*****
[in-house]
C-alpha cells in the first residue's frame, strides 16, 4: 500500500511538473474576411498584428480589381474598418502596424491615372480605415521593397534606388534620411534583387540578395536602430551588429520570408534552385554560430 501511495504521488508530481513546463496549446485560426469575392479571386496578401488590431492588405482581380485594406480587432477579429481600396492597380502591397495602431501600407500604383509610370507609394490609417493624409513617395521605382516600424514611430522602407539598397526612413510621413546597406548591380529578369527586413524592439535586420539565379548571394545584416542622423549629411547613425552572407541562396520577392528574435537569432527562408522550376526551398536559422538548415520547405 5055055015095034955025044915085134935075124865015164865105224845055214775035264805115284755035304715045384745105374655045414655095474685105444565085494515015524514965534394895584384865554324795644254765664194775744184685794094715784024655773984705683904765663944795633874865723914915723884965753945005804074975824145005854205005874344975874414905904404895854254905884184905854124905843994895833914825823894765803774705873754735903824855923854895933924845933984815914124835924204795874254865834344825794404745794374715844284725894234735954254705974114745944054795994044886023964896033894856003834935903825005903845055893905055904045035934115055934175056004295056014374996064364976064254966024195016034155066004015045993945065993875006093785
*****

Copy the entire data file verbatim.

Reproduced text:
[in-house]
C-alpha cells in the first residue's frame, strides 16, 4: 500500500511538473474576411498584428480589381474598418502596424491615372480605415521593397534606388534620411534583387540578395536602430551588429520570408534552385554560430 501511495504521488508530481513546463496549446485560426469575392479571386496578401488590431492588405482581380485594406480587432477579429481600396492597380502591397495602431501600407500604383509610370507609394490609417493624409513617395521605382516600424514611430522602407539598397526612413510621413546597406548591380529578369527586413524592439535586420539565379548571394545584416542622423549629411547613425552572407541562396520577392528574435537569432527562408522550376526551398536559422538548415520547405 5055055015095034955025044915085134935075124865015164865105224845055214775035264805115284755035304715045384745105374655045414655095474685105444565085494515015524514965534394895584384865554324795644254765664194775744184685794094715784024655773984705683904765663944795633874865723914915723884965753945005804074975824145005854205005874344975874414905904404895854254905884184905854124905843994895833914825823894765803774705873754735903824855923854895933924845933984815914124835924204795874254865834344825794404745794374715844284725894234735954254705974114745944054795994044886023964896033894856003834935903825005903845055893905055904045035934115055934175056004295056014374996064364976064254966024195016034155066004015045993945065993875006093785